by Ken Vincent, Featured Contributor

WE ALL GET exposed to pressures. At work, in our personal lives, even when commuting.

Pressure on the job can be due to a surly peer, an unreasonable boss, unrealistic deadlines, rude customers, or perhaps observing something dishonest or unethical.

AngryOn the personal front we get pressure from our spouses, our kids, health issues, and sometimes just from a plumbing or electrical problem in our house.

Then there are the other outside sources. Nothing creates more pressure than a letter from the IRS advising that you are going to be audited. Just the rapid fire changes that we are living with today creates pressure in trying to adapt.

The question we must all face is not whether or not we can avoid pressure, but how we handle it. You can’t escape it, you just have to find a way to deal with it.

I’ve seen some that become aggressive when pressured. They get short tempered with their spouse, snappy with the kids, and take their “attitude” to their job. More often than not that way of dealing with pressure tends to make things worse by creating blow back pressure.

Some, of course, retreat into a shell. They become non-communicative and reclusive. Hiding from the problem, or pretending that it doesn’t exist, or that it will just go away seldom works. Problems that create pressure seldom solve themselves and don’t get better with age.

Then there are those that try to turn the pressure to someone else. These people are “blamers”. Finding who caused the problem that is creating pressure becomes an obsession. Who is at fault? Finger pointing is the order of the day.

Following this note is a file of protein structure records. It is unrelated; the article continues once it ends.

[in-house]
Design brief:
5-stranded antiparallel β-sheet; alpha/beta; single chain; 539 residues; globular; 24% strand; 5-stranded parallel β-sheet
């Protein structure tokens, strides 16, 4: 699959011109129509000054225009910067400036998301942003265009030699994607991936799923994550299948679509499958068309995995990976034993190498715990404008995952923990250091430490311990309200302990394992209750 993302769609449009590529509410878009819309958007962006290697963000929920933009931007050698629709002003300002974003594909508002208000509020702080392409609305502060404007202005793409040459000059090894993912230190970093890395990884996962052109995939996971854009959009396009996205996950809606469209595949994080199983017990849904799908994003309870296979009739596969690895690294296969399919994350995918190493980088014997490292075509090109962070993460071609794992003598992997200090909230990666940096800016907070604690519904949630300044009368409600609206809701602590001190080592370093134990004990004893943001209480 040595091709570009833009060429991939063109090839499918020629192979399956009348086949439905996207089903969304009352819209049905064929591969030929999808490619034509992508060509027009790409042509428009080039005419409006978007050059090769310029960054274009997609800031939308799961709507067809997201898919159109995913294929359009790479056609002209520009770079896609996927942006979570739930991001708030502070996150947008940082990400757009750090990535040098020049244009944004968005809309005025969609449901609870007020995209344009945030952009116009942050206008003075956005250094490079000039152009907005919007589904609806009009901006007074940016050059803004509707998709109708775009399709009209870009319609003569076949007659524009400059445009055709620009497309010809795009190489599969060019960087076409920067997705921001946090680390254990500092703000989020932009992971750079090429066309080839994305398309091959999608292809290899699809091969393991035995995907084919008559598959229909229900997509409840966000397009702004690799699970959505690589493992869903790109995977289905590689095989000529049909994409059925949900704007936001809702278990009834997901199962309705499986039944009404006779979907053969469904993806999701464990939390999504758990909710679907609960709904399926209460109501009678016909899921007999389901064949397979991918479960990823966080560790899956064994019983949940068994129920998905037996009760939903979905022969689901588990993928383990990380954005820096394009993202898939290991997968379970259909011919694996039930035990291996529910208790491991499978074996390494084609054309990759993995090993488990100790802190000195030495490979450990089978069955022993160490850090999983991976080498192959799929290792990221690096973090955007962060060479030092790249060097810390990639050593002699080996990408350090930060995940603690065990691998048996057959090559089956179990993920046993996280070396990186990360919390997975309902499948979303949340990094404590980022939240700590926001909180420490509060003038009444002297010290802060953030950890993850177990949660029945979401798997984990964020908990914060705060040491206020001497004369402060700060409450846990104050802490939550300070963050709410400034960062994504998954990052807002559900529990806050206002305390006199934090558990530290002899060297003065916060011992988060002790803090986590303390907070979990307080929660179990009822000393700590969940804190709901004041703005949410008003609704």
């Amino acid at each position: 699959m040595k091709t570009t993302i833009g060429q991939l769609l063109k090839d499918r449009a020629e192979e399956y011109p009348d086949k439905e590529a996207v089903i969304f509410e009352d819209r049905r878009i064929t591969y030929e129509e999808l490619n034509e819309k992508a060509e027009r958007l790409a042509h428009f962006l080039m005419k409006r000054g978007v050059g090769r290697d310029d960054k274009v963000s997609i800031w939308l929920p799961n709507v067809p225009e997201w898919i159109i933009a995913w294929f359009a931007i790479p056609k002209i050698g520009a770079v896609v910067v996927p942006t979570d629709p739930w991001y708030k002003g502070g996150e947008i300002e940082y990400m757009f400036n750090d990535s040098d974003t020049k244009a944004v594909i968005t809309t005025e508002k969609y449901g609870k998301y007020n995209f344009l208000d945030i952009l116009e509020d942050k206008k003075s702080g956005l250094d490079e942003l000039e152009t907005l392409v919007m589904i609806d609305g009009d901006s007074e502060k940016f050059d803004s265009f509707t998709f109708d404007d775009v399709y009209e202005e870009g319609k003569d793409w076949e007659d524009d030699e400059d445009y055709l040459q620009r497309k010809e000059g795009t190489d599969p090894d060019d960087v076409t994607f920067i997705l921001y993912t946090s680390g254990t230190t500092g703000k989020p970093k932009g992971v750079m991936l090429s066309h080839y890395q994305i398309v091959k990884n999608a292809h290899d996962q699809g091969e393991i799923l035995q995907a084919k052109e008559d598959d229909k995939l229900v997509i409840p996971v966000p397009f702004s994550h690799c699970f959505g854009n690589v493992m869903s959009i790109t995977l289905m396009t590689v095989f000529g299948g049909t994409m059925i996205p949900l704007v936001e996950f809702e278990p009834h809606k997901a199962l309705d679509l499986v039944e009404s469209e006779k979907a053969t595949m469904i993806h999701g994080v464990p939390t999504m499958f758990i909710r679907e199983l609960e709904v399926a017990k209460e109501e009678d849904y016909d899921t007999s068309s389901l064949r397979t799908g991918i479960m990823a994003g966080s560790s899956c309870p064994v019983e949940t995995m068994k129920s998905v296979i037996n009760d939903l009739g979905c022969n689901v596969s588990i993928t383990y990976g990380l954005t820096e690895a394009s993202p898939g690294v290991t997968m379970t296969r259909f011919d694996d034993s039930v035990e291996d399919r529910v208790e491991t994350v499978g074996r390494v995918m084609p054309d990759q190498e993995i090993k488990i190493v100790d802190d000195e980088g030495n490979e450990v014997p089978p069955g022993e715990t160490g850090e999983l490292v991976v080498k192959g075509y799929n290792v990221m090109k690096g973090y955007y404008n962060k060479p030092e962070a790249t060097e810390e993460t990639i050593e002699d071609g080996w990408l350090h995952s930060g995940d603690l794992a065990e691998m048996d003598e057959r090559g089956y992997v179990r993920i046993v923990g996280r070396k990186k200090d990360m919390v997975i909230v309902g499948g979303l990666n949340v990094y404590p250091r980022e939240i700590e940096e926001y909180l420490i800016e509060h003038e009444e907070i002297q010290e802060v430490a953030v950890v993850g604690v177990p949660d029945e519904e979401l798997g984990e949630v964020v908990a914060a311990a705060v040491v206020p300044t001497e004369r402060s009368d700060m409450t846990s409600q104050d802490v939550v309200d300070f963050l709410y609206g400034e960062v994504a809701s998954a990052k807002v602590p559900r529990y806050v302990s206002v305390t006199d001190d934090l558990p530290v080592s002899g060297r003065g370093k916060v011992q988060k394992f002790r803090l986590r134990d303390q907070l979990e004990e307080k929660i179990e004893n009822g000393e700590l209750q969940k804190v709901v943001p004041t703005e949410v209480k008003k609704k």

Certainly fixing the problem that is causing the pressure is the ideal, but that isn’t always possible in the short term. Sometimes not at all.

So, how do you deal with the pressures of life? What techniques do you use, or have you seen other use? What has worked well for you?

Ken Vincent
KEN is a 46 year veteran hotelier and entrepreneur. Formerly owned two hotels, an advertising agency, a wholesale tour company, a POS company, a leasing company, and a hotel management company. The hotels included chain owned, franchises, and independents. They ranged in type from small luxury inns, to limited service properties, to large convention hotels and resorts. After retiring he authored a book, “So Many Hotels, So Little Time” in which he relates what life is like behind the scenes for a hotel manager. Ken operated more that 100 hotels and resorts in the US and Caribbean and formed eight companies. He is a firm believer that senior management should share their knowledge and experience with the next generation of management.




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